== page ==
Today’s the day many will receive their O Level results. Many might think that it is one of the most important national exams for a teenager. I am anxious too, for an ex-student will be receiving the results this year.
But here are some thoughts that I have for my student:
Rules of the game
So far your life had largely been defined by how well you do within the education system. There might have been positive changes in the education system. There are definitely attempts to help every student go as far as they can.
But it’s still a system that fundamentally remained unchanged since the beginning of formal education.
The rules of the game are simple.
Do the best you can academically. Take the ‘best’ path that your grades could bring you to. Oh, and make sure you don’t neglect your non-academic talents too by participating in co-curricular activities, etc.
Rinse and repeat.
The underlying assumption is always the same.
There are winners and losers. Or maybe the conversation nowadays has shifted. That all can be winners but there will be those who win more.
Change the rules
I used to have an architecture project in school where we had to use styrofoam for model-making. The problem was, I couldn’t figure out how to use the foam cutter properly.
But I know I could use the penknife quite well. So I chose to work with another type of styrofoam that allowed me to use the penknife instead. That decision was one of the best decisions I’ve made in that project. It played to my strengths, and I had a breakthrough in my own design for that project because of the different medium I worked with.
Therefore, what I want you to know is this. From this day forward, no matter which educational pathway you are going to walk on afterwards, there will come a day when you feel like the rules of the game are stacked against you. It will likely bring you lots of frustration.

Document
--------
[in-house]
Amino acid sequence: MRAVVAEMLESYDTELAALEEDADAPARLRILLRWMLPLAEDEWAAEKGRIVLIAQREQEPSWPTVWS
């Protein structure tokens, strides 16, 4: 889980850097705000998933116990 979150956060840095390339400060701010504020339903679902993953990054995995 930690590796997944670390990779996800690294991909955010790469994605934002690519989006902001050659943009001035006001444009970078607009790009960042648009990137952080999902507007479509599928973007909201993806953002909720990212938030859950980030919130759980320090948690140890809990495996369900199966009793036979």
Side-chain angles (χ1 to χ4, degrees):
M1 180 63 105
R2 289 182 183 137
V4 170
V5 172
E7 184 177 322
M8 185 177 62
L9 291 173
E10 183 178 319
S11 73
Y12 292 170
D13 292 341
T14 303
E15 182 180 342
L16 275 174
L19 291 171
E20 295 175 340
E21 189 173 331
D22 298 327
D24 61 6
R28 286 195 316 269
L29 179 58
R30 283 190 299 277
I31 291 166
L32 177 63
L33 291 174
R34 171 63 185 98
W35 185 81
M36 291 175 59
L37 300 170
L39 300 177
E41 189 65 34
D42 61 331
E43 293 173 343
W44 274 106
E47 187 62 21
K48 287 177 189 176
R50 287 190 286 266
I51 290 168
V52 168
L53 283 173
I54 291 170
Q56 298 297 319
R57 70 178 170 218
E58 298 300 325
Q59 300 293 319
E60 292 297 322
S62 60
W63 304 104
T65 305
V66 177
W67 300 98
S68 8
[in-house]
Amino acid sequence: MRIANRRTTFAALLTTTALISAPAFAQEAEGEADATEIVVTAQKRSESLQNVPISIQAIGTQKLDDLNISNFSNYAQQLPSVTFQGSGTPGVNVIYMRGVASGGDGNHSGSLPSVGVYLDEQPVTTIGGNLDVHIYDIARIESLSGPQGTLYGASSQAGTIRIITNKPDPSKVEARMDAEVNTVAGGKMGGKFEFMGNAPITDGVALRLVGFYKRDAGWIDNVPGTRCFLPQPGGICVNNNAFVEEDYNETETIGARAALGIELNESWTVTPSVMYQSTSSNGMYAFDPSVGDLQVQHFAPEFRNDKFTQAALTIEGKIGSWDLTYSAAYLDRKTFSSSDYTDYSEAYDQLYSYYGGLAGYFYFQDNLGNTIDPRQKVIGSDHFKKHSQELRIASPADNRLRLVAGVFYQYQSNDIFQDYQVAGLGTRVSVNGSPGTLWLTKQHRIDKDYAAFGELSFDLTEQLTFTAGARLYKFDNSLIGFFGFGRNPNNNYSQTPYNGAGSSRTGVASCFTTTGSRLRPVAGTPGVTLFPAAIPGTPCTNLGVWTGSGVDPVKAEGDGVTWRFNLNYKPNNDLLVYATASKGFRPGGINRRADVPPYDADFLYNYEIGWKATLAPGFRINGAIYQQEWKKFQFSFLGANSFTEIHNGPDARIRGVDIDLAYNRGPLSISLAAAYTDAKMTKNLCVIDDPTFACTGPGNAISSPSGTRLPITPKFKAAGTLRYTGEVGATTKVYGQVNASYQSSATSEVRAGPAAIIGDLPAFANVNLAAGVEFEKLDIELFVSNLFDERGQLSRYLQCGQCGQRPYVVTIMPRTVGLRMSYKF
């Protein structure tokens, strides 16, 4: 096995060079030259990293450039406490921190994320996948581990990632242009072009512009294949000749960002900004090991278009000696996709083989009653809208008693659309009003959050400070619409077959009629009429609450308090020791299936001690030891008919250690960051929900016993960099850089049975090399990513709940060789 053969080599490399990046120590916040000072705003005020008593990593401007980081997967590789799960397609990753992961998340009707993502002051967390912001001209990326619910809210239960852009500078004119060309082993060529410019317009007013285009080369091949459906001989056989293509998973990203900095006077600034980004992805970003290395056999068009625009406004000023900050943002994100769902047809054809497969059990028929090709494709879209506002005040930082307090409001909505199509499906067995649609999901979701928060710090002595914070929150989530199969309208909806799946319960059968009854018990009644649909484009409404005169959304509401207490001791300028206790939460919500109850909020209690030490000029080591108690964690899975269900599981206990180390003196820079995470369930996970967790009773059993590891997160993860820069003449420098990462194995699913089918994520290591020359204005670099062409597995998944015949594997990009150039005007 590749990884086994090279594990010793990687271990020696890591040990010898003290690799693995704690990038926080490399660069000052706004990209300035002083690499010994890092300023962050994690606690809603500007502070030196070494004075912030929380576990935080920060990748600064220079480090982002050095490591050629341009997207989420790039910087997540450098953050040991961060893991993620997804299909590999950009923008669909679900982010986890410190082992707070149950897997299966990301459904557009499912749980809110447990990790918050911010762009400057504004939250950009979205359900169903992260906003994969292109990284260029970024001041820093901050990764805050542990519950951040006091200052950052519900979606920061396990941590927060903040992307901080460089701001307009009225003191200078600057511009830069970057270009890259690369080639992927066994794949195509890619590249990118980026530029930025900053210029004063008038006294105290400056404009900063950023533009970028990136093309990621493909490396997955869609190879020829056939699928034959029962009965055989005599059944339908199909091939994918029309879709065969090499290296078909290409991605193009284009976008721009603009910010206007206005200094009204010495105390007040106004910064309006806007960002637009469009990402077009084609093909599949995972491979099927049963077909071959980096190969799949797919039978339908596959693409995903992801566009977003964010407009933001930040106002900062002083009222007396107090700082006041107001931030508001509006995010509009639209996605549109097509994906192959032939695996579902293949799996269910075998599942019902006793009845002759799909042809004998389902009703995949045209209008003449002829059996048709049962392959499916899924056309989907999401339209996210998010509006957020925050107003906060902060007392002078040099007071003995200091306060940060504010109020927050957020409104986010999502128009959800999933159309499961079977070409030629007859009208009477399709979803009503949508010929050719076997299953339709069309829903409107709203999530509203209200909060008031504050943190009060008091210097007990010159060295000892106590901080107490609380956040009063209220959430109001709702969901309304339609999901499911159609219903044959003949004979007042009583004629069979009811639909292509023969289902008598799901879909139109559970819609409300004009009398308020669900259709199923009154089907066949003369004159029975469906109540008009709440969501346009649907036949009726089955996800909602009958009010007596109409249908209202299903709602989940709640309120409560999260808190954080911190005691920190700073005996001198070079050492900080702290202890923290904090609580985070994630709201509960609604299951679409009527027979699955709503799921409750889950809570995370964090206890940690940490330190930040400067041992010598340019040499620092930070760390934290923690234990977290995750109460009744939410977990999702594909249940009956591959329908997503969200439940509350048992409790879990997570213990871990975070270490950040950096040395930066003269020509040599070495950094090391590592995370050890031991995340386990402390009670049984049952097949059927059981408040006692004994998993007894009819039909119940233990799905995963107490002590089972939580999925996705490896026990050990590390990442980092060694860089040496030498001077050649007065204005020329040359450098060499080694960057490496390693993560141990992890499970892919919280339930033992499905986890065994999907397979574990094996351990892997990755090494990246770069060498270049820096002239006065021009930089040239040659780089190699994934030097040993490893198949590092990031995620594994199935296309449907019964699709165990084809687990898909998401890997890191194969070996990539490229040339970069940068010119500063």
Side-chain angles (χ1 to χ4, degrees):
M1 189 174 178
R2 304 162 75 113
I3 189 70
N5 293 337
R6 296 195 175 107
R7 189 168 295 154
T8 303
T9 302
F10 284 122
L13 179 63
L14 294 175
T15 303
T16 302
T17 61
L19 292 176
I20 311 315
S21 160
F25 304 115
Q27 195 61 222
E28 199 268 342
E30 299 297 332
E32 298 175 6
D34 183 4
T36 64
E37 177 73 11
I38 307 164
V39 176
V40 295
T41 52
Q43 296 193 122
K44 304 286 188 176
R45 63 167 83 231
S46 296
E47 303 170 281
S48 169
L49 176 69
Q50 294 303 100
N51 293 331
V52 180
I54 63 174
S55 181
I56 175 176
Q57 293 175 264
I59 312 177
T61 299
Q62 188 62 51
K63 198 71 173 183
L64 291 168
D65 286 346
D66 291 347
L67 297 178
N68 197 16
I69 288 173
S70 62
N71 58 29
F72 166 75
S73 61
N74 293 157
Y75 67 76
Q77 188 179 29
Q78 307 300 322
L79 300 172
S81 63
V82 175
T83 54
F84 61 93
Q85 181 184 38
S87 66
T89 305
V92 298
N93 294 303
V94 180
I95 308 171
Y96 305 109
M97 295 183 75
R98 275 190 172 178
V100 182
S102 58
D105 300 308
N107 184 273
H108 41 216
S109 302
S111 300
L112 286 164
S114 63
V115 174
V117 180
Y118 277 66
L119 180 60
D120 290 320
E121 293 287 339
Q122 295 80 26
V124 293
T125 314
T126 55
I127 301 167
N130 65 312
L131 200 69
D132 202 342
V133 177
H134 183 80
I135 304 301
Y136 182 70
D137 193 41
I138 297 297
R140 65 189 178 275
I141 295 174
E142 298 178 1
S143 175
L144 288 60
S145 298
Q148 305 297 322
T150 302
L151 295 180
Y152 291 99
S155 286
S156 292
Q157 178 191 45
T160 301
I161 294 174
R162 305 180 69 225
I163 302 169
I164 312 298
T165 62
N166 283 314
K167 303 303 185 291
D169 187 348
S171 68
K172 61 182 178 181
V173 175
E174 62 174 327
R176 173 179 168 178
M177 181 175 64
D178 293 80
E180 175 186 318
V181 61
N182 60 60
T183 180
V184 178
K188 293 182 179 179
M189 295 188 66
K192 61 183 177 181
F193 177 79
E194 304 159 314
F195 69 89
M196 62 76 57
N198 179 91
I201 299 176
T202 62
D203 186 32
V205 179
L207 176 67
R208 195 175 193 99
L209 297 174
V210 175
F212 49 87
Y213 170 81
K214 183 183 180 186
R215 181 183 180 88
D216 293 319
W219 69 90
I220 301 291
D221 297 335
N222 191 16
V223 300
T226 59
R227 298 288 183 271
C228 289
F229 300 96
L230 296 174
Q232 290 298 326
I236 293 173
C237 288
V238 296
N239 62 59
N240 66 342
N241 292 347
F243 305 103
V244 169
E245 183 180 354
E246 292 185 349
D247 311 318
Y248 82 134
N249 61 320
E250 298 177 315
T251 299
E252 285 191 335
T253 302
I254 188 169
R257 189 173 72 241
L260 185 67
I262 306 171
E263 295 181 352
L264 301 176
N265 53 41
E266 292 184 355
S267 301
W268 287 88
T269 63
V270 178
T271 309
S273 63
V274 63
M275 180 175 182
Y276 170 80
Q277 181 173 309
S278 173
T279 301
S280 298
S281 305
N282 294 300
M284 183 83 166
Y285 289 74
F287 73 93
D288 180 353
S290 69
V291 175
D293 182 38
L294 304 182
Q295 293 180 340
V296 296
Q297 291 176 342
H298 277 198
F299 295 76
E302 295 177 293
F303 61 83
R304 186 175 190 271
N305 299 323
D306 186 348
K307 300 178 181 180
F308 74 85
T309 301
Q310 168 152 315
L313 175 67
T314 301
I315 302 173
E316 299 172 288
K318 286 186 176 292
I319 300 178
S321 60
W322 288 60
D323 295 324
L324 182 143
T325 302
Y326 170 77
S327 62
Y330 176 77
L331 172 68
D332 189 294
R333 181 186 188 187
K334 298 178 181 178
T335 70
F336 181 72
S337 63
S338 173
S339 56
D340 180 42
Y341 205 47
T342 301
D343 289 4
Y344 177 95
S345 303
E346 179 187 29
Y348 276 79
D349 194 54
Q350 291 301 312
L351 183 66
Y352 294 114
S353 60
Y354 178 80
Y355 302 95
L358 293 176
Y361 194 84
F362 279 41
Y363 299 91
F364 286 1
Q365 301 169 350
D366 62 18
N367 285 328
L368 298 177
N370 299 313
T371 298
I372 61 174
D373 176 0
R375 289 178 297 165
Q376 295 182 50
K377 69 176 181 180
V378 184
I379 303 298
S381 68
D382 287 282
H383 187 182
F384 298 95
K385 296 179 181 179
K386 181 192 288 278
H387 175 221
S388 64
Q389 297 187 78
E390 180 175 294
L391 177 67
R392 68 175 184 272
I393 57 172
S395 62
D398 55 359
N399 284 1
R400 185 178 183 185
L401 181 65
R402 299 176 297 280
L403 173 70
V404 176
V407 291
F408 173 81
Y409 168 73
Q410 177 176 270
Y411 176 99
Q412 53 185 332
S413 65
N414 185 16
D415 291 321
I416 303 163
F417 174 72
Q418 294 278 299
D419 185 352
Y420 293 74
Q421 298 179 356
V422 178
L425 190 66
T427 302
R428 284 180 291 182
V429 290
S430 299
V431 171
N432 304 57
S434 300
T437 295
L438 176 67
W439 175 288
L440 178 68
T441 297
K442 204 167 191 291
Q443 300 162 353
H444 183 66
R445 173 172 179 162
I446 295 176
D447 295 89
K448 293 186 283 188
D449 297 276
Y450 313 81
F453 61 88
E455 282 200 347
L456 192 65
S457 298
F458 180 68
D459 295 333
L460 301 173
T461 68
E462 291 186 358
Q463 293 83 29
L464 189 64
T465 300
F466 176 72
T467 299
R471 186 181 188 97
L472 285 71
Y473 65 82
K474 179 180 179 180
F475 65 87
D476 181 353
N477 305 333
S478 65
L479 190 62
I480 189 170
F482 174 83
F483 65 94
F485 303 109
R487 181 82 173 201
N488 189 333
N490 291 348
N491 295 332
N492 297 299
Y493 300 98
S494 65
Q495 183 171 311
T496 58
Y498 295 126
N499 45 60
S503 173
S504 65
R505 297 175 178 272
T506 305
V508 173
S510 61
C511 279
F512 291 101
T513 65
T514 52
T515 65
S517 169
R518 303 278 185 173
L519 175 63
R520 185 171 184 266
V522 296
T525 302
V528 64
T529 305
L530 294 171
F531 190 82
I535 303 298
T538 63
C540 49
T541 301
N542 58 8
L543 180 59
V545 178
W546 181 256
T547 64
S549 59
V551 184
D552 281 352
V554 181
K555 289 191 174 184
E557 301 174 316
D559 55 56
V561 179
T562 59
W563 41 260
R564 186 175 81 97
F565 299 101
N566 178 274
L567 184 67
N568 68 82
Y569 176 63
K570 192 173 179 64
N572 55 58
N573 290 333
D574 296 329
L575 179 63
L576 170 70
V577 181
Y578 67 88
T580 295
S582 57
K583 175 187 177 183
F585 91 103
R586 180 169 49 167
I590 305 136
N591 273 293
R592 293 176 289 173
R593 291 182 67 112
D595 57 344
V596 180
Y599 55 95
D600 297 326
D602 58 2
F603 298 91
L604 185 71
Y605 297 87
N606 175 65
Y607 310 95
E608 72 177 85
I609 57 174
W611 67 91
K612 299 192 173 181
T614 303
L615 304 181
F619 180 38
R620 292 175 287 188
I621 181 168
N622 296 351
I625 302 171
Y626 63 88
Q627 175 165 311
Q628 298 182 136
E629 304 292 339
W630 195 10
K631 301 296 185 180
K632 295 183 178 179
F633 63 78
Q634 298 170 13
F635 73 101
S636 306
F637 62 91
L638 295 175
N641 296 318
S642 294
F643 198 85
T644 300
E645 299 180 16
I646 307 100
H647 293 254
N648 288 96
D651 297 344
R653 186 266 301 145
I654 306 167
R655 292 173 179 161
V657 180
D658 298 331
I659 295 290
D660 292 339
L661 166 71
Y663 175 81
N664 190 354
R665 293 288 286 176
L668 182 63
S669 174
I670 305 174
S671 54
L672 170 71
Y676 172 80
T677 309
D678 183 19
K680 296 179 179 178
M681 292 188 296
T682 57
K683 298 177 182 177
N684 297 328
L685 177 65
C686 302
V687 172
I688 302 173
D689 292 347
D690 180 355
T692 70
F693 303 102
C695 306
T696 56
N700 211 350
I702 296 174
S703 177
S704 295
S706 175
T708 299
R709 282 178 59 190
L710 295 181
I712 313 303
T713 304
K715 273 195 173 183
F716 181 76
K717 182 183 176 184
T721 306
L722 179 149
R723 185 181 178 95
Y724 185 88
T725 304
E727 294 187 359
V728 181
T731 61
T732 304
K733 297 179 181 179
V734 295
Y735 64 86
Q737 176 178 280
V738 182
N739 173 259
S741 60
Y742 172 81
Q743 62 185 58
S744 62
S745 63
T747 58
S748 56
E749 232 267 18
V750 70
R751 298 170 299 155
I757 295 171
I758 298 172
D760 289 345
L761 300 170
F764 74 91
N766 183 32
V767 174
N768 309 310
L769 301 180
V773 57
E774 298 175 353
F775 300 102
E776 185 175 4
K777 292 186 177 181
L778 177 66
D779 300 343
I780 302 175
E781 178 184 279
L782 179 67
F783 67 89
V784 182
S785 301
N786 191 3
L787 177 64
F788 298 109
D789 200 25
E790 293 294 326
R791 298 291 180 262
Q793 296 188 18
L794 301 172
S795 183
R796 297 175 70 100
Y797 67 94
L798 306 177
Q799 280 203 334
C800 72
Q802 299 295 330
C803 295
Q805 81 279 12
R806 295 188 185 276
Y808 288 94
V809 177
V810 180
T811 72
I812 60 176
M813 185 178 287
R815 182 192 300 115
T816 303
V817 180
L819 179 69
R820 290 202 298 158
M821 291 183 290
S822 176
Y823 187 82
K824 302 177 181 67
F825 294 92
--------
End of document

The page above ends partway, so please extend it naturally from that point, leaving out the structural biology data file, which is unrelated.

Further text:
If you are going to let the system dictate who you are, then you might feel like a failure. That day might even be today if your results are not up to your expectations. But you have to stand up and continue walking. Resilience is more important than a temporary success in this national exam.
They will tell you that if your results are not good enough, you will not be able to get into a good school after. And if you don’t do well enough, you will not be able to get a good job when you venture into the workforce.
But what I want to suggest to you is to learn to change the rules of the game. To think of it as winning or losing just doesn’t make sense. If you can’t find a good job, you can always create one yourself.
If you walked away today feeling happy about your results, great. Do take the time to celebrate. But after that figure out what your next move will be. It’s easy to coast through school. Trust me, because I did that.
But I want you to continue seeking excellence in your work. There is no end to doing better work. Learn to do life like what Benjamin Zander describes as the ‘one-buttock‘ piano player. Play like you care.
Learn to dream
Whatever your results were today, what’s more important is to learn how to dream again. Not the dreams your parents have for you, but your own dreams. For yourself and maybe for the people you care about. You probably have forgotten how to dream because you’ve only learnt to constantly aim for the next exam. You might even have lost touch with who you are.
Like it or not, you are going to be the leaders of another generation. And they don’t need another generation of leaders who are just focusing on surviving. What they need is a generation of leaders who can inspire them to greater heights – to aim for the joy and beauty that we so desperately need.
If you don’t learn to dream, you are not going to be able to teach them how to dream. And if that happens, we might just continue with the status quo. Always fearing for our survival, but never learning how to truly live.